“Indigenous languages” and “immigrant languages” are much discussed in language policy research, but surprisingly little time is spent actually defining those terms. In general, “indigenous” tends to encompass two features: a long heritage in a place; and some form of contemporary disadvantage, usually associated with prior colonisation/invasion. But those criteria are seldom explicated.
An example comes from Nancy Hornberger (1998). She compares the languages of “indigenous groups” and “immigrants”, and efforts to protect these languages – focusing principally on education. But no space is given to defining “indigenous groups”, or indeed “immigrants”. And these blurry defining criteria mean that the two are not clearly distinguished. From here some wrinkles open up, and people can get trapped inside those (more on that later).
Now compare popular articulations of indigeneity. The English (to pick a completely random example) like to see themselves as immemorially Anglo-Saxon (see Reynolds 1985), but try telling that to the sixth-century Britons being shoved westward by waves of Angles, Saxons, Jutes and Franks (who were themselves later shoved around by the Vikings, and so on). The Anglo-Saxons were once invaders, but at some point in the popular consciousness became indigenous. At which meeting was that agreed?
As I noted above, “indigenous” is not just historically significant. It relates to present-day disadvantage (by no means limited to language). This is perhaps why “indigenous” is less frequently used in European countries, whose homegrown ethnolinguistic minorities might be marginalised but not as acutely as the indigenous people of the always delightfully euphemistic “New World” – who drag behind them nasty histories of dispossession, and carry on top of them desperate social exclusion in the present (relative poverty, disproportionate incarceration, shorter life expectancy, etc.).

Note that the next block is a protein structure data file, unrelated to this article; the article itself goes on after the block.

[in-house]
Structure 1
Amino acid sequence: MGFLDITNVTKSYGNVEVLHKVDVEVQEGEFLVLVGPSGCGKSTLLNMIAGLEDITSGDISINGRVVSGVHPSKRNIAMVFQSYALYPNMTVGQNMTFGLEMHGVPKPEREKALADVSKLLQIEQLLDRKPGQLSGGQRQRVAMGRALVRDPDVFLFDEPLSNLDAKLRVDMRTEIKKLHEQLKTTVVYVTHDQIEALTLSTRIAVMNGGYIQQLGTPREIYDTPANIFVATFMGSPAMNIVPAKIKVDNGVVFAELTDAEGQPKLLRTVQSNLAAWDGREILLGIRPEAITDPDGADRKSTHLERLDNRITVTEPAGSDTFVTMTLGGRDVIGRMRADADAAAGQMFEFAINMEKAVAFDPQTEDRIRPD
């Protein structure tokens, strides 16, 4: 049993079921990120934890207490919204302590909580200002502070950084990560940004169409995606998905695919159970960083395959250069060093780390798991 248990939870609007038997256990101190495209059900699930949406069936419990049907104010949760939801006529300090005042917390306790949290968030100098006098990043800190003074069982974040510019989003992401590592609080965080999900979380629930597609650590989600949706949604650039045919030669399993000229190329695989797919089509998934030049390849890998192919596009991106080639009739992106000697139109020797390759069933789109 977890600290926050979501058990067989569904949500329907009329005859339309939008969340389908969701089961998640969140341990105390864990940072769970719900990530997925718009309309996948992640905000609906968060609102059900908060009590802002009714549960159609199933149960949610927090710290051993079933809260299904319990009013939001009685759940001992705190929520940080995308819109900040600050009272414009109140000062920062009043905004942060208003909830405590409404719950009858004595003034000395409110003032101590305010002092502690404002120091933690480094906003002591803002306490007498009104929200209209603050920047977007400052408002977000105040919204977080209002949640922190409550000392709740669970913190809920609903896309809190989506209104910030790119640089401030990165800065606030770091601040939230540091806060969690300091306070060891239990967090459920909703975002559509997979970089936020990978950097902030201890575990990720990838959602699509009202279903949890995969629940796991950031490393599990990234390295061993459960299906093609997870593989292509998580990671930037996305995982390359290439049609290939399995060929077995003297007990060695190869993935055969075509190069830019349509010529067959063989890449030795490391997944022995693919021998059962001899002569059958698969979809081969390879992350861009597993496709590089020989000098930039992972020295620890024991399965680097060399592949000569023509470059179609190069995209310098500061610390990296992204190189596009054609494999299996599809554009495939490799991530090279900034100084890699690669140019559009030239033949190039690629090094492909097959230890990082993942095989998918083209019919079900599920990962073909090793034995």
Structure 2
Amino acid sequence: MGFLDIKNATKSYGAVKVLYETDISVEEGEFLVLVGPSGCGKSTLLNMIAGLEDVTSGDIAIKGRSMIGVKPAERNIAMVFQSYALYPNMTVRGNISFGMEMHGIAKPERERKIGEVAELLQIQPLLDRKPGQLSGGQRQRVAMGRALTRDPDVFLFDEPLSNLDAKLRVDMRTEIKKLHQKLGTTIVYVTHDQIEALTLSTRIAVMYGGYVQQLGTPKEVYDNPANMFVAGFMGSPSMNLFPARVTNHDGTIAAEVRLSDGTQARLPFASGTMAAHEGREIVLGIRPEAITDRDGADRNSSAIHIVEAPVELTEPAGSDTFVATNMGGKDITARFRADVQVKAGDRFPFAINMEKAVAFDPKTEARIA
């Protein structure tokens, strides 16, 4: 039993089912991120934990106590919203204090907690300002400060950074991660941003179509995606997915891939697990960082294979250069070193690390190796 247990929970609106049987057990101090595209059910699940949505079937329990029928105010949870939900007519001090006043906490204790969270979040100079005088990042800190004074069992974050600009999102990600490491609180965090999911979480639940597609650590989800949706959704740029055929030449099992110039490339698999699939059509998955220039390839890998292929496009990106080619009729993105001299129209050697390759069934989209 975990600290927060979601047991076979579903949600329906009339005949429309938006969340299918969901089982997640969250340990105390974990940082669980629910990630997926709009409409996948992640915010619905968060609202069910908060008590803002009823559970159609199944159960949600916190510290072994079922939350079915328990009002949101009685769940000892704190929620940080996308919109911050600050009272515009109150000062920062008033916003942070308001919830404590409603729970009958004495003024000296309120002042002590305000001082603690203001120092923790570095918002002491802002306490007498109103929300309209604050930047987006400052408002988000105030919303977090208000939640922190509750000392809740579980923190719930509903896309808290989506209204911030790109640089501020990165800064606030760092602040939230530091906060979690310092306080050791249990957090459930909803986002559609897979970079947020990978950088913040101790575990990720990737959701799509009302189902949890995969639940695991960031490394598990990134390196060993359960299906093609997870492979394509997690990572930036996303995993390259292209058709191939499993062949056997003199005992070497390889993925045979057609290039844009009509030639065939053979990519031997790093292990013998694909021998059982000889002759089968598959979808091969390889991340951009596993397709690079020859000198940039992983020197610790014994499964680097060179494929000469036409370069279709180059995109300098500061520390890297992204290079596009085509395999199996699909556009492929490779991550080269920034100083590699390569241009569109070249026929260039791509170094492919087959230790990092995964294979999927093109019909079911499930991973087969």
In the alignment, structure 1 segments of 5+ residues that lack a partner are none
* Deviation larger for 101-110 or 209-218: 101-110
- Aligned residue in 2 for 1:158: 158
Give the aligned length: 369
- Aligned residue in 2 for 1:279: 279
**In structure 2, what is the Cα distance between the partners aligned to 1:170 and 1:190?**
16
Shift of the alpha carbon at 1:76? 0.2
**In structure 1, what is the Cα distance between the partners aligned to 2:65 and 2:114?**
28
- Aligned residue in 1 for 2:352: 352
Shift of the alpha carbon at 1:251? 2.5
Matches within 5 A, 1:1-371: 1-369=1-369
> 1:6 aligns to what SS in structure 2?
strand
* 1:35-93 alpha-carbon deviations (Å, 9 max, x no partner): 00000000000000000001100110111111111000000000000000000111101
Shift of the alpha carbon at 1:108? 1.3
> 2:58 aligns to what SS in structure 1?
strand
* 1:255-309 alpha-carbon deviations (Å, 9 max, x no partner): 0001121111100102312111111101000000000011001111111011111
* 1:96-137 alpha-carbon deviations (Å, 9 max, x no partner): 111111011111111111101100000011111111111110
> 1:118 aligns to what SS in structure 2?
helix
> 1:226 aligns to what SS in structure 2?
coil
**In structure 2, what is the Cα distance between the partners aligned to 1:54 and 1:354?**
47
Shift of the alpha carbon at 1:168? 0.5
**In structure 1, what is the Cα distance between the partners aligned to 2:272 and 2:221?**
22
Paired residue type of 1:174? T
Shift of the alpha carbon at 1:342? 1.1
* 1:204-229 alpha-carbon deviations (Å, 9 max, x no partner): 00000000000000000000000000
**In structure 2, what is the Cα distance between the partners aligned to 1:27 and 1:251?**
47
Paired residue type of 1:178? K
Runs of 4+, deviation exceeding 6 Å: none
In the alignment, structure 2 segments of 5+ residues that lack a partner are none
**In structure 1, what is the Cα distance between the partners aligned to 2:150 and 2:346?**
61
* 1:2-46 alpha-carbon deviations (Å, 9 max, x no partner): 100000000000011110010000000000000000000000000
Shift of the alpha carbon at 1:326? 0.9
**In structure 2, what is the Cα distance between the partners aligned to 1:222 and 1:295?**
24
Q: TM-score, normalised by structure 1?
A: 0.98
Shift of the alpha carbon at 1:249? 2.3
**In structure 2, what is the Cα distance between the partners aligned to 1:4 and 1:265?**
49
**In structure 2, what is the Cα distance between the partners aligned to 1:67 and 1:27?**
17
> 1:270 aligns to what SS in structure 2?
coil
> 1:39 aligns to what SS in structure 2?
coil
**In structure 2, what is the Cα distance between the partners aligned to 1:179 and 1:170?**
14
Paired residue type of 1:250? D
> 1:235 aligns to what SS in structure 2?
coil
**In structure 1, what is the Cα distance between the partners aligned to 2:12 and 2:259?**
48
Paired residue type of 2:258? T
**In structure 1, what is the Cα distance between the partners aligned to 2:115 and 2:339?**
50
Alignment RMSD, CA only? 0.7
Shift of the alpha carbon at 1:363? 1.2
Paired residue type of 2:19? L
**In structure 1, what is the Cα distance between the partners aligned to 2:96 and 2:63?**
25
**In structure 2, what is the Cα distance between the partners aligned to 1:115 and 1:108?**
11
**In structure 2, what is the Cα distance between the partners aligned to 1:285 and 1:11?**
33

There are, then, deeply political resonances behind the mobilisation of a term like “indigenous”.
Now consider a piece of governmental language policy, the European Charter for Regional or Minority Languages. For “indigenous” it prefers “autochthonous”, and for “immigrant” it uses “allochthonous”. Autochthonous languages are defined vaguely as “traditionally used within a given territory of a State”, while the latter, the “languages of migrants”, are excluded from the Charter’s remit. Here we come closer to defining and distinguishing “indigenous” and “immigrant”, but not much closer.
Perhaps the clearest deconstruction of indigeneity is Anthea Fraser Gupta’s book chapter, ‘Privileging Indigeneity’ (1997). She pertinently asserts that “groups do not remain discrete, but merge, especially through marriage. Migration, language shift, and intermarriage are long established human practices. They have not stopped. It is dangerous to solidify this fluidity into policy.” This throws things into sharp relief: if “traditionally used” is a definition of indigeneity, then how long, in years, is “traditional”?
Consider Hindi in the UK. It’s a minority language with a centuries-long tradition, but happens to be associated with an ethnic group whose migration is ongoing, not ancient history.
Of course, Hindi is not a minority language everywhere, but what about, say, Potwari in the UK, ‘traditionally’ spoken in Pakistan but a minority language there and everywhere else too.
What’s that? Not traditionally spoken in the UK? Oh, sorry.